The report of the 328th Parliamentary Standing Committee on Education, Women, Children, Youth and Sports reports “plans to close the education gap caused by school lockdowns, as well as to review online and offline instruction and testing and to reopen schools.”
* About 320 million children in India have not entered the classroom for more than a year and have already lost one tenth of their entire school
* The Kovid-1 pandemic epidemic has affected approximately 2 crore school children, of which 12 crore children are in 1st to 5th class and 6 to C to 12 to 12 crore.
* The Ministry’s own sample survey on KV found that only 5 and 0.5 per cent of students use television and radio for online education.
* Only 11.58% of schools across the country have internet access
* Only .8..8% of students, 2.6..6% of teachers and 2.2.2% of parents find online learning enjoyable
* The UDISE report also indicates that the increased drop-out rate at secondary level (17% boys and 15.1% girls) in 2019-20 will have an adverse effect on school closures and the digital divide on children.
* About 50% of the country does not have access to internet connection and the available quality of connection is poor
* Only 23% of students had access to devices to attend online classes so the remaining 77% of students were denied access to online classes
* Department of School Education states that a budget of Rs. 1181.31 crore has been allocated to 25 states for digital / online education.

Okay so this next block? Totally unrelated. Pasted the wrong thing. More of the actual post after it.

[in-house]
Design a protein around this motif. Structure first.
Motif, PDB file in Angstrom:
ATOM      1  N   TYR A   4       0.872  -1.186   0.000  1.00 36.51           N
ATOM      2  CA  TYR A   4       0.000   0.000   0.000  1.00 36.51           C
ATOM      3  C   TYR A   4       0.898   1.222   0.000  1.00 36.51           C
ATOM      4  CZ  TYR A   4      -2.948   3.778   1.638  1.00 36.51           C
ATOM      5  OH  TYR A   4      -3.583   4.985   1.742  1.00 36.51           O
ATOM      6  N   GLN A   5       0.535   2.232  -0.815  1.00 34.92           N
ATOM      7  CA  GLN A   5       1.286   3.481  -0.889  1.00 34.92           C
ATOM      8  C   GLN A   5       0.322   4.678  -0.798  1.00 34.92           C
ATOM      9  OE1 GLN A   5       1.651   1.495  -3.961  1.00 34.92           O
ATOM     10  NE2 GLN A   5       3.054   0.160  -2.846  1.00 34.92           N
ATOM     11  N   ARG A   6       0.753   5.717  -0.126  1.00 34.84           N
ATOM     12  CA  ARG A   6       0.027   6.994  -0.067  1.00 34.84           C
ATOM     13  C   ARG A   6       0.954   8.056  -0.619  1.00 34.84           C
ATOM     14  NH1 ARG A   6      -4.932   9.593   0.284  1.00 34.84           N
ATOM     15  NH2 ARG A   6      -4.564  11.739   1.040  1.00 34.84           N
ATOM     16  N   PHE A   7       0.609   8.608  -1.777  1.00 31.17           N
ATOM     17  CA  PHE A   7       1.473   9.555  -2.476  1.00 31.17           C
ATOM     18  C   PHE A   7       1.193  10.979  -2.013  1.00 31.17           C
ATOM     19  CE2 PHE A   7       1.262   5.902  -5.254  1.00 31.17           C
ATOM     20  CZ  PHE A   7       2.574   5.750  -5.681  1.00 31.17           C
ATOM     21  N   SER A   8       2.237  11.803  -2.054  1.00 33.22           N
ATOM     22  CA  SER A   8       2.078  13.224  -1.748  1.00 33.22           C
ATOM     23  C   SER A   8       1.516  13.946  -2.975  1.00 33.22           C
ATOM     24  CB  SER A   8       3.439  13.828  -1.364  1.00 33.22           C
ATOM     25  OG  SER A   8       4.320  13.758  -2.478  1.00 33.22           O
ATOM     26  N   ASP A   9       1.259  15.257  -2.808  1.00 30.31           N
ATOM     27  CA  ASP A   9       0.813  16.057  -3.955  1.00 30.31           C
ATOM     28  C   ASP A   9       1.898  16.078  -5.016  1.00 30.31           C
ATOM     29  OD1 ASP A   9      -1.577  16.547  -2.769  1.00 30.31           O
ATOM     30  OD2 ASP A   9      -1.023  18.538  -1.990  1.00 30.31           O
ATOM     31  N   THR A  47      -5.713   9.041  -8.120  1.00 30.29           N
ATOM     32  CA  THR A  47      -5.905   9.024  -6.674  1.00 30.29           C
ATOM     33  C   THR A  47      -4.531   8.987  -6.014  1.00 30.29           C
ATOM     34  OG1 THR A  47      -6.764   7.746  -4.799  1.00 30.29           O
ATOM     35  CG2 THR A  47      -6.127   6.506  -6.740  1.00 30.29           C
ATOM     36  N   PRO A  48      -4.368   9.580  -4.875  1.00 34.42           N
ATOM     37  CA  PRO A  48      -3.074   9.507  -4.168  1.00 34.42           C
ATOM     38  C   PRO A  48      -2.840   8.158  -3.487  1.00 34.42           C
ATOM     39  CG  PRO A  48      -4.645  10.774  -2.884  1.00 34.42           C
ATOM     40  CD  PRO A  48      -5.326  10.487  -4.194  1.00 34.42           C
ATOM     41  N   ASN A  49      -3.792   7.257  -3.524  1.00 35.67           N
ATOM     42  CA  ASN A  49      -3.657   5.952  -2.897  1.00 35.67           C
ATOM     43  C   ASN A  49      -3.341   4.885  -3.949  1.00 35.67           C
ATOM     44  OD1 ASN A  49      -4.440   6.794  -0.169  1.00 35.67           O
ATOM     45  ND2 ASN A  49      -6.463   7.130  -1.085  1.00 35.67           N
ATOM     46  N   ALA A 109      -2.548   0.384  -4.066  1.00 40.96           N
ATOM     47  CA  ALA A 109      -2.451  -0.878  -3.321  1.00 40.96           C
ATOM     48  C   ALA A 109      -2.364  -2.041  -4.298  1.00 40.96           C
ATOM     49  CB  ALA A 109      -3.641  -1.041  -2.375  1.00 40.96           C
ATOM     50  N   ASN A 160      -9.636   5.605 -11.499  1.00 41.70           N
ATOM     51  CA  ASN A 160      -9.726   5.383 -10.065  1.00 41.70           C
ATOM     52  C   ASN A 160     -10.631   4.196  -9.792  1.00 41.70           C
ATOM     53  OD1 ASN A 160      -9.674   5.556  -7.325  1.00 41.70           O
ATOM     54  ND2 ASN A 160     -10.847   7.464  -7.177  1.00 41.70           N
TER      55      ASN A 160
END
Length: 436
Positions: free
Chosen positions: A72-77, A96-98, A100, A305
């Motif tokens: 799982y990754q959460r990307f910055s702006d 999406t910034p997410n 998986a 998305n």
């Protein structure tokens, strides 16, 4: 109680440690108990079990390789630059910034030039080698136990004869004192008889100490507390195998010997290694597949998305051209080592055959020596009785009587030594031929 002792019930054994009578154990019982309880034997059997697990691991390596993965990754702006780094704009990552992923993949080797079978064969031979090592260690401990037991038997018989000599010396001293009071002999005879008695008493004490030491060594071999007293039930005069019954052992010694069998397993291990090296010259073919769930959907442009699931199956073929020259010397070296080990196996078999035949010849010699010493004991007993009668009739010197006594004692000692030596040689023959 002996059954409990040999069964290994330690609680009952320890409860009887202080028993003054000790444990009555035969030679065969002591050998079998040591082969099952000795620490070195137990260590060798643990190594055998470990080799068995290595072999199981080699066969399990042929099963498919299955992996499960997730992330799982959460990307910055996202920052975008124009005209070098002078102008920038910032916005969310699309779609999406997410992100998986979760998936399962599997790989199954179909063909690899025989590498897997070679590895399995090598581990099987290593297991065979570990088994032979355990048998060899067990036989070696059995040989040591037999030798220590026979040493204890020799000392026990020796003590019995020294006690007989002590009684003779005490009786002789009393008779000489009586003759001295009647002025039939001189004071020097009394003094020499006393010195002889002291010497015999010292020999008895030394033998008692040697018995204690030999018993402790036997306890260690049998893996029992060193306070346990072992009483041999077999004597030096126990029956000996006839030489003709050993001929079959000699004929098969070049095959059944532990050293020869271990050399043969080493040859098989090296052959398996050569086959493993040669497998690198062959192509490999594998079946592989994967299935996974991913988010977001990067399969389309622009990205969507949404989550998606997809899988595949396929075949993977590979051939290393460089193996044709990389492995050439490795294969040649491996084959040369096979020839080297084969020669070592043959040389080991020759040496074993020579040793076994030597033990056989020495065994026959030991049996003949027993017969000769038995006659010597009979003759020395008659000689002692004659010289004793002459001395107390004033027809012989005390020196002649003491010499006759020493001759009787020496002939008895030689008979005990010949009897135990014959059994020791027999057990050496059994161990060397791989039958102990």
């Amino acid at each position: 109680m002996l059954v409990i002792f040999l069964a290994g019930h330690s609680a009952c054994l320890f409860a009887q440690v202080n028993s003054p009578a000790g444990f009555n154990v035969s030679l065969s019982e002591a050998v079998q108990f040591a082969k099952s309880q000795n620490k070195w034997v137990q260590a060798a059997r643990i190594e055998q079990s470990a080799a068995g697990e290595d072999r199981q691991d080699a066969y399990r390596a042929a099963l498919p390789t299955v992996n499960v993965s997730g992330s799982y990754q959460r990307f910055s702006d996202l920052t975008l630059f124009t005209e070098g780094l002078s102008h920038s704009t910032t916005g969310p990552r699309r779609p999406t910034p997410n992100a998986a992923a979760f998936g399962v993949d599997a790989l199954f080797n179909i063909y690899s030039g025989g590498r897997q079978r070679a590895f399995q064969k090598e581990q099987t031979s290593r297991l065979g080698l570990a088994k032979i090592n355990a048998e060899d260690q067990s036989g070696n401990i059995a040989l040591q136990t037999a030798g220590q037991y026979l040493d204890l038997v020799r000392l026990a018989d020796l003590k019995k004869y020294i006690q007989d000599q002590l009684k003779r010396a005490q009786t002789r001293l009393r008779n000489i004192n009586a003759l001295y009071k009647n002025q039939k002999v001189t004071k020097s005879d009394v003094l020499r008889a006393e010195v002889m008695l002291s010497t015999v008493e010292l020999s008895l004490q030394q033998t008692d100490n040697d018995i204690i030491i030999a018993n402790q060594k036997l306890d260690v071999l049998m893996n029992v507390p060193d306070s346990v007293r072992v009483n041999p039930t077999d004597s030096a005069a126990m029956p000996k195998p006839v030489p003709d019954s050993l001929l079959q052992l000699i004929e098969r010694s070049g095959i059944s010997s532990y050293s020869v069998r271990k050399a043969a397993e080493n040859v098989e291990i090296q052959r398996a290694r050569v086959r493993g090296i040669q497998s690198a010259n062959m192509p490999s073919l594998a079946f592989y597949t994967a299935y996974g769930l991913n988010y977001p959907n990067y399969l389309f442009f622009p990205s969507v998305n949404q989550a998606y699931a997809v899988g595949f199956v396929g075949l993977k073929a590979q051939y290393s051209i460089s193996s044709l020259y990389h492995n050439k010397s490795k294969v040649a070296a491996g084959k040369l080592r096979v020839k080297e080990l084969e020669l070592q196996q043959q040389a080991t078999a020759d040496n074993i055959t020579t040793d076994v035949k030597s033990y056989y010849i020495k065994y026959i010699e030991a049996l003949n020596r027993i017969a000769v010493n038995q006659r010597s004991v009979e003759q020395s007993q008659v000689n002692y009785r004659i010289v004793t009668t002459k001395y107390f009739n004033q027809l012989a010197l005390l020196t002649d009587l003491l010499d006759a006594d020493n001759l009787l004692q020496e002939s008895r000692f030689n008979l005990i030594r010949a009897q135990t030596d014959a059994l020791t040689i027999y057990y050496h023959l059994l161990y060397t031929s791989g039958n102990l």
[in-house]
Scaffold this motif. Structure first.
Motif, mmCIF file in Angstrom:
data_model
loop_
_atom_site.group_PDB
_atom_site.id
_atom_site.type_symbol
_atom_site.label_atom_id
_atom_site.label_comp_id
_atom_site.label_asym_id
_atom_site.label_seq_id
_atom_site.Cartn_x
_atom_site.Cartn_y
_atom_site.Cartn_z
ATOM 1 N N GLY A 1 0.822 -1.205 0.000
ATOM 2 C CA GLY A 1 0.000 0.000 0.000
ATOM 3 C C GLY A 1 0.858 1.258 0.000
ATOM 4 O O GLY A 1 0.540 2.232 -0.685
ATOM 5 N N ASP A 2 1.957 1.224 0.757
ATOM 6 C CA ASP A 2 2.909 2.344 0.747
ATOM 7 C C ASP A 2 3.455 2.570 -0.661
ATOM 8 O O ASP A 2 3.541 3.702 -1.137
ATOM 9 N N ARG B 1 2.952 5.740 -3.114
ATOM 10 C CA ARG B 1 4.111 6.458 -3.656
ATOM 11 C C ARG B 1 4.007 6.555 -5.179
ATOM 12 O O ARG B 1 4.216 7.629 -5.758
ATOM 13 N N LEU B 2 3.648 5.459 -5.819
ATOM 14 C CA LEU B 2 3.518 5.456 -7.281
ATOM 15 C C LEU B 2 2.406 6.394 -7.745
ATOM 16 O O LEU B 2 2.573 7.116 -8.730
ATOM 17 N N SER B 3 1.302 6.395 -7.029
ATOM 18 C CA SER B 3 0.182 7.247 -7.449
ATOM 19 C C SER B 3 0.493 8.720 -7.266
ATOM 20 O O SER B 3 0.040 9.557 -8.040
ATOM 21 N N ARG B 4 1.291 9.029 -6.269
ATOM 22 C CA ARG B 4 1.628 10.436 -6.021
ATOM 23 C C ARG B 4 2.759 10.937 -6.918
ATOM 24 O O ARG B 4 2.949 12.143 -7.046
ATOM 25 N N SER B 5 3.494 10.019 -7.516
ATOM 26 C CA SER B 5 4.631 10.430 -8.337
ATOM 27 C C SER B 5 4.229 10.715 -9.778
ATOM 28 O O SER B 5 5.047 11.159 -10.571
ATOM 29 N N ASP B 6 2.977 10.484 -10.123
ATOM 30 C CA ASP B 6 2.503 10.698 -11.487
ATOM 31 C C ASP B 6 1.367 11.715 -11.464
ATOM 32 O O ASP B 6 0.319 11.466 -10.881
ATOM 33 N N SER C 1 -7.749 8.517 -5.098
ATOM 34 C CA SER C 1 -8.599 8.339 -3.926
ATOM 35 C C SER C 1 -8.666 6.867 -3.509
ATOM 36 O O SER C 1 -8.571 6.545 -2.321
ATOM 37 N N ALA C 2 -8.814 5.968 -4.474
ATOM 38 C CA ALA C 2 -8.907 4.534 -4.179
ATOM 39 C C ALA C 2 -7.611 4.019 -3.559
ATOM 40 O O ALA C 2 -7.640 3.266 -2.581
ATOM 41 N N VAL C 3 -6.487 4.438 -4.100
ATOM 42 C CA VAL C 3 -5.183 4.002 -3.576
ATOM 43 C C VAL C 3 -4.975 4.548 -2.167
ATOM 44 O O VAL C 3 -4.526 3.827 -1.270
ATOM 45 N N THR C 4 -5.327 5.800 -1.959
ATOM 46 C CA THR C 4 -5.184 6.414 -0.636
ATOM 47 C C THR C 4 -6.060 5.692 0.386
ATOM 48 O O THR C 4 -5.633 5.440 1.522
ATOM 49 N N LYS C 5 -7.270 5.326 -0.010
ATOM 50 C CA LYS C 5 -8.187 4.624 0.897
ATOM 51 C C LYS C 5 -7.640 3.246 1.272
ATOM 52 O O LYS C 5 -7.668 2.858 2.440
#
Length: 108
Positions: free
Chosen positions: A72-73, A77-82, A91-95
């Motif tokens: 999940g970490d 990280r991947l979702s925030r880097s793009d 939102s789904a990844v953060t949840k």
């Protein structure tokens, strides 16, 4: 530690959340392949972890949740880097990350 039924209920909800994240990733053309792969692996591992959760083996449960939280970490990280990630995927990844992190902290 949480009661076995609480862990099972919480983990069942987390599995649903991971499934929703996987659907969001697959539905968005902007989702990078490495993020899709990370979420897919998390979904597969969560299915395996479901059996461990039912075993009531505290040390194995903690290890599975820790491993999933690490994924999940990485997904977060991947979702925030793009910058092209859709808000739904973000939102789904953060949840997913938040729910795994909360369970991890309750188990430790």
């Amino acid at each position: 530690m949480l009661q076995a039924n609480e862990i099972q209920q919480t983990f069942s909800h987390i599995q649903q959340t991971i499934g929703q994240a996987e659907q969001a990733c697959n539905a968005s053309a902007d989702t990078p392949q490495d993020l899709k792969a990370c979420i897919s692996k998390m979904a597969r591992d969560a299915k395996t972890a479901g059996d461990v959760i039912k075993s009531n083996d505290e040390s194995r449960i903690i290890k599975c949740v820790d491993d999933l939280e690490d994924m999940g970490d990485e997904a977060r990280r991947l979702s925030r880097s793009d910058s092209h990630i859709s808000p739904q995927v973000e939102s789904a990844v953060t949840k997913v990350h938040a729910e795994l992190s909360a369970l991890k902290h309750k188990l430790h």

Loss of learning
* Intensive bridge courses and accelerated learning programs
* Evaluate the results of thematic education
* Recruitment of specialist teachers for extra classes, vacations, personal training
* Constructive evaluation like chatbot evaluation
Accurate documentation and data collection
* Learning Loss Assessment immediately covers every student across the country
* Comparison of basic reading, writing and mathematical skills results with pre-covid results
* Bring out school children with incentives like study materials, digital devices, nutritious food
* Comparative study / analysis of the impact of online / digital / distance learning during epidemics
* Recorded online courses / massive open online courses in all regional languages for each class
* An integrated learning management system, a software application for overall administration
* Enhanced and virtual reality education solutions
* Ministries / departments should be provided with high speed internet connection and at least one TV set, one desktop computer, big screen with projector in all schools
* Utilize private sector skills and resources through effective collaboration to provide digital devices to economically weaker and marginalized students
* Provision of internet packs at discounted rates especially for economically backward and marginalized students
Testing and evaluation
* A credible, fair and transparent system of continuous assessment throughout the year
* Guidelines for internal evaluation, practical, project work
Guide to school reopening during Covid-1UR
* Strong vaccine program for all students, teachers and related staff
* Classes may be held on alternate days or in two shifts to thin students
* Each school must have at least two oxygen concentrators